Essure is a birth control device introduced in 2002 and marketed as a simple, non-surgical option for permanent female sterilization. At first, the Essure implant was proclaimed to be the permanent birth control procedure with no incisions nor anesthesia. According to patients, a major selling point for Essure was, “it takes longer to get your nails done than it does to get sterilized.”
This product has now been taken off the market because it has been linked to causing patients’ pain, tubal erosion, and a variety of other complications. Unfortunately, the only treatment for a lot of these conditions is a hysterectomy. If you used this product, and are experiencing complications, please contact us or another gynecological professional.
We want to make sure our patients know that we never offered Essure because we were concerned about the potential complications. However, we do have patients who did get the Essure device from another provider and came to us because they were experiencing complications. We performed hysterectomies on those patients and we are happy to report that they are all doing well after their surgery. Although we never offered the Essure device at our office, we are well versed in the complications it causes and we are happy to assist any other patients out there who might need our help.
The FDA put a black label on Essure in 2016, and after thousands of women filed lawsuits, the FDA eventually told Bayer, the company that was selling Essure, to completely take the implant off the market. Bayer stopped selling Essure in 2018, however, they did not recall the device. In August 2020, Bayer announced it would pay $1.6 billion in an attempt to virtually resolve all of the American Essure lawsuits involving patients who reported that the birth control device created serious health complications. The Essure settlements will resolve about 90% of the almost 39,000 claims.
“The Bleeding Edge” is a Netflix documentary that delves into the risks of the multibillion-dollar medical device industry. The film captures real human stories of complications with Essure birth control, vaginal mesh, and other commonly used medical devices.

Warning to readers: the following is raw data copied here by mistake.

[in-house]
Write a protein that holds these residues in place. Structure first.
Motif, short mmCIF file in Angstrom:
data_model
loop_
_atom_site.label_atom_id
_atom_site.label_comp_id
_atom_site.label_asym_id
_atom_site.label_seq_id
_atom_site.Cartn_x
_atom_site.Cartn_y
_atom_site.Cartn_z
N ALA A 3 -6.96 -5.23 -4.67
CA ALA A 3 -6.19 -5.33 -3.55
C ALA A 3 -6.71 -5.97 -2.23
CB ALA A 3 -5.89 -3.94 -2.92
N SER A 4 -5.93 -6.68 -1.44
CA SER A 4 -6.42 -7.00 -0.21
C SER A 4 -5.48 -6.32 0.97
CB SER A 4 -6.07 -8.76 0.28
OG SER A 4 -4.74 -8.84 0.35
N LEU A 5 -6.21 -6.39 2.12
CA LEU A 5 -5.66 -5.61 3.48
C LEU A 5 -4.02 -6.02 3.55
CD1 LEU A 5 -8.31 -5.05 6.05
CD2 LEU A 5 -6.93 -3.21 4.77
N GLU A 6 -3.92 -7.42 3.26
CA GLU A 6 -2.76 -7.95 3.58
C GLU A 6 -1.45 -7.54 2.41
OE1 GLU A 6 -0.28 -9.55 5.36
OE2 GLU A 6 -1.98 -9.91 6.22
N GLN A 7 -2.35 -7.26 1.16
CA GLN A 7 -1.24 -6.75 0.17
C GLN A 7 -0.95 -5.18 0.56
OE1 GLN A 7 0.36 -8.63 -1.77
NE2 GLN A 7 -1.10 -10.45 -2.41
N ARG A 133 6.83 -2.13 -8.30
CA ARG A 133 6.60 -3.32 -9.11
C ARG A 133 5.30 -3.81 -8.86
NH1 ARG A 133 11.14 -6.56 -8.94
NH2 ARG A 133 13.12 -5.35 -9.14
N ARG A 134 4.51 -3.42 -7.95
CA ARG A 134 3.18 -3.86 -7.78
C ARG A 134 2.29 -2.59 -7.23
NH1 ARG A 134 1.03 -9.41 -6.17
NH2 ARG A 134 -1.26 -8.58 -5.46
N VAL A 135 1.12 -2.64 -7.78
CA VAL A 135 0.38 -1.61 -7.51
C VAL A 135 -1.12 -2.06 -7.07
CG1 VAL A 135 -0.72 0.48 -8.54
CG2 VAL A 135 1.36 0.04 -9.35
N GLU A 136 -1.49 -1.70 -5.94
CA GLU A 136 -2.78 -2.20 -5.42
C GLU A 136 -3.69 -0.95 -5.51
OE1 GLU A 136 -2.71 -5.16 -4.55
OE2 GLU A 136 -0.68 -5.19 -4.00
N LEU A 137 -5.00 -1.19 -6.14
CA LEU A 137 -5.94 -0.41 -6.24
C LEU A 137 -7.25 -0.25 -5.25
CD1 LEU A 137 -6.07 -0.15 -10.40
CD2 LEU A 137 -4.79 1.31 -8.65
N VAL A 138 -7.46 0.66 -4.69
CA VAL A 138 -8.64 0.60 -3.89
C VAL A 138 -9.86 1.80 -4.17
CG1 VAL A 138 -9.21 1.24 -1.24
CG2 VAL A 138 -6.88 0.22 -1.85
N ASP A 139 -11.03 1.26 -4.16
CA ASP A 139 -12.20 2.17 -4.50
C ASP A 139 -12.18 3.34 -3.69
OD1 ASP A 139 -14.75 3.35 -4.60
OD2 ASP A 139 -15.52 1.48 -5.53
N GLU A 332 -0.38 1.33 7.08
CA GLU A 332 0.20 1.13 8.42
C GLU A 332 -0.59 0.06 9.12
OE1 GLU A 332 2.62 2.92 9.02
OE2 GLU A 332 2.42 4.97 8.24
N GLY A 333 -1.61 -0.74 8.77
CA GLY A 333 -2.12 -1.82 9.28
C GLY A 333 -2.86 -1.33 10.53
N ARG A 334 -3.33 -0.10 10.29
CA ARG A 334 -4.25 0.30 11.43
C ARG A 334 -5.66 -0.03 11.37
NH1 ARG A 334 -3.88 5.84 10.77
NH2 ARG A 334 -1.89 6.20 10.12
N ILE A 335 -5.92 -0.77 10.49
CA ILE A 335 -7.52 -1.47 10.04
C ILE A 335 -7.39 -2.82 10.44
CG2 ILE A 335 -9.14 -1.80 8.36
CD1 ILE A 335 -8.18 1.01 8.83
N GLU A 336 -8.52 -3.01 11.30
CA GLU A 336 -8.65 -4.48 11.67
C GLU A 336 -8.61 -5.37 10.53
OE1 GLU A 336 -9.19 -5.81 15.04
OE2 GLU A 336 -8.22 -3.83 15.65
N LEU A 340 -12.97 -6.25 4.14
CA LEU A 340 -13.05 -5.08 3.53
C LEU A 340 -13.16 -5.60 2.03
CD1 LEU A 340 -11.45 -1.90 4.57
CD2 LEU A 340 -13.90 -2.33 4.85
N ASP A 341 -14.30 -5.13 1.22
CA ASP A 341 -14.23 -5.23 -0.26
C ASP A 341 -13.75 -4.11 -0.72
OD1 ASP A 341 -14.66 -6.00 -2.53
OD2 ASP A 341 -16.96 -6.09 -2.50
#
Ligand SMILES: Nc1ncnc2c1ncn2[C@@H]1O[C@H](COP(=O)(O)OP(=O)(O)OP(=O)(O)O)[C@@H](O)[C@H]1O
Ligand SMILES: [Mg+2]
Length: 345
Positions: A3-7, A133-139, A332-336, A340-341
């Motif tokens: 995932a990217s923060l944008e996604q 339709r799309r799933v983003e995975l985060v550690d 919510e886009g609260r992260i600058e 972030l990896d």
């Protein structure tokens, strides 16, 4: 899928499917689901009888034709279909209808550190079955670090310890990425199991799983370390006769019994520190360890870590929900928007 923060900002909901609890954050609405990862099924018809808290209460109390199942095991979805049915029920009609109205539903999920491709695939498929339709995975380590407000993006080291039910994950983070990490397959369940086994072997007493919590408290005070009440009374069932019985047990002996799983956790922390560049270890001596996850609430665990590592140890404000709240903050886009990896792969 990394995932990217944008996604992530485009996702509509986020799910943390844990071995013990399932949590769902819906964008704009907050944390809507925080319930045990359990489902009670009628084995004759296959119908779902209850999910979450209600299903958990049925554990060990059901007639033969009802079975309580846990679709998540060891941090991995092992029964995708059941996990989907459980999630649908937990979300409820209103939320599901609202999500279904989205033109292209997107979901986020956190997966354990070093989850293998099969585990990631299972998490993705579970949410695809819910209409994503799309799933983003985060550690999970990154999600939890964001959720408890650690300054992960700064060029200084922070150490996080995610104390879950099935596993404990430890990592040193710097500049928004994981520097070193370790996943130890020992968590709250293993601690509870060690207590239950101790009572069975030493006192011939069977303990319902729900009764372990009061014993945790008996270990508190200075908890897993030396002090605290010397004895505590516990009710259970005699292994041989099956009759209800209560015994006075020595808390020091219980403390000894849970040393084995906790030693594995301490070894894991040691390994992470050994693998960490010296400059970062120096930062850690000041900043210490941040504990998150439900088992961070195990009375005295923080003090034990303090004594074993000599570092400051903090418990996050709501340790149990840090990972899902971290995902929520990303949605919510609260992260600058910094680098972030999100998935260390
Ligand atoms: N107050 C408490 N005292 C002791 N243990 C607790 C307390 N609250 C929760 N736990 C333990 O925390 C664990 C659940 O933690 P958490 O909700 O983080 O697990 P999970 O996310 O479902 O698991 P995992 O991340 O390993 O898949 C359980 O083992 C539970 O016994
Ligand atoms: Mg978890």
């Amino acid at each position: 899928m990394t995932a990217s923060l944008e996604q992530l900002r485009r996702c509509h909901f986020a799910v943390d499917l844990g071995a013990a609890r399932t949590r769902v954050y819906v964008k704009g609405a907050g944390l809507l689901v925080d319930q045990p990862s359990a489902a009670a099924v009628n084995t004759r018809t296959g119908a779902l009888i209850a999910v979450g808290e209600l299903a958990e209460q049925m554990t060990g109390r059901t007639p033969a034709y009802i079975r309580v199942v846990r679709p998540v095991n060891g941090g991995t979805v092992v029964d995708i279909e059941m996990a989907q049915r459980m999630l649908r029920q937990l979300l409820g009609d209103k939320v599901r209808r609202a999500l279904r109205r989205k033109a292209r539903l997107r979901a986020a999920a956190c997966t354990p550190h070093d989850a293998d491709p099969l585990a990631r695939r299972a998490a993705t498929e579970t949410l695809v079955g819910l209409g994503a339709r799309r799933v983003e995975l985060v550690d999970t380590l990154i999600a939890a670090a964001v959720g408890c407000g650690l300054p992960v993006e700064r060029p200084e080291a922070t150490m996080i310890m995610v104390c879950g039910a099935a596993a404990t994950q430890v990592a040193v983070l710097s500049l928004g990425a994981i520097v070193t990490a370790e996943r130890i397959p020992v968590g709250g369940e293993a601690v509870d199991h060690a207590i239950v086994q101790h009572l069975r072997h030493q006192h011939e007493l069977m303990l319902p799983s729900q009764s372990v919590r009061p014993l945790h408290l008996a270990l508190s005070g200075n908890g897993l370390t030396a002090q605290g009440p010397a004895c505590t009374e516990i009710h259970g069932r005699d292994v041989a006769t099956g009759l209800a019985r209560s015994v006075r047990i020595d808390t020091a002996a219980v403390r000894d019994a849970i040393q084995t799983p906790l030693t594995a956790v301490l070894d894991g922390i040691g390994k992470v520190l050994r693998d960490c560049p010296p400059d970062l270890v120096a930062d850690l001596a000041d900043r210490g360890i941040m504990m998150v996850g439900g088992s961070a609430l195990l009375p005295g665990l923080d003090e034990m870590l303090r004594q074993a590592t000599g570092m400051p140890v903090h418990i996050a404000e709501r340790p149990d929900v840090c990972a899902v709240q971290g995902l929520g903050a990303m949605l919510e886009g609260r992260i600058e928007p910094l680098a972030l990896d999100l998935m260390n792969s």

The documentary follows Angie Firmalino, a 45-year-old woman who began to suffer life-changing complications after receiving an Ensure implant. After experiencing complications and finding little information, she began to research Ensure in-depth. She discovered that other women who had the same implant experienced similar complications and launched a Facebook page that eventually became a meeting place for more than 35,000 Essure victims.
Ana Fuentes’ heartbreaking story is also depicted in the film. She is a 35-year-old Latina mother who had a full hysterectomy at 31 because of her Essure-related side effects. Fuentes experienced heavy bleeding, and when she complained to her doctor, her symptoms were dismissed as “normal” for a Latina woman. When Fuentes was no longer able to work due to her medical problems, she was forced to leave her children with a foster family.
These heartbreaking stories aren’t isolated incidents and patients deserve the best care possible. We want to remind our patients that invasive forms of birth control, like IUDs, need to be done by an expert, not a clinic because clinics don’t have the resources to give patients expert care. Ultrasounds should also be done prior to the insertion of an IUD to ensure proper understanding of the uterus before implantation.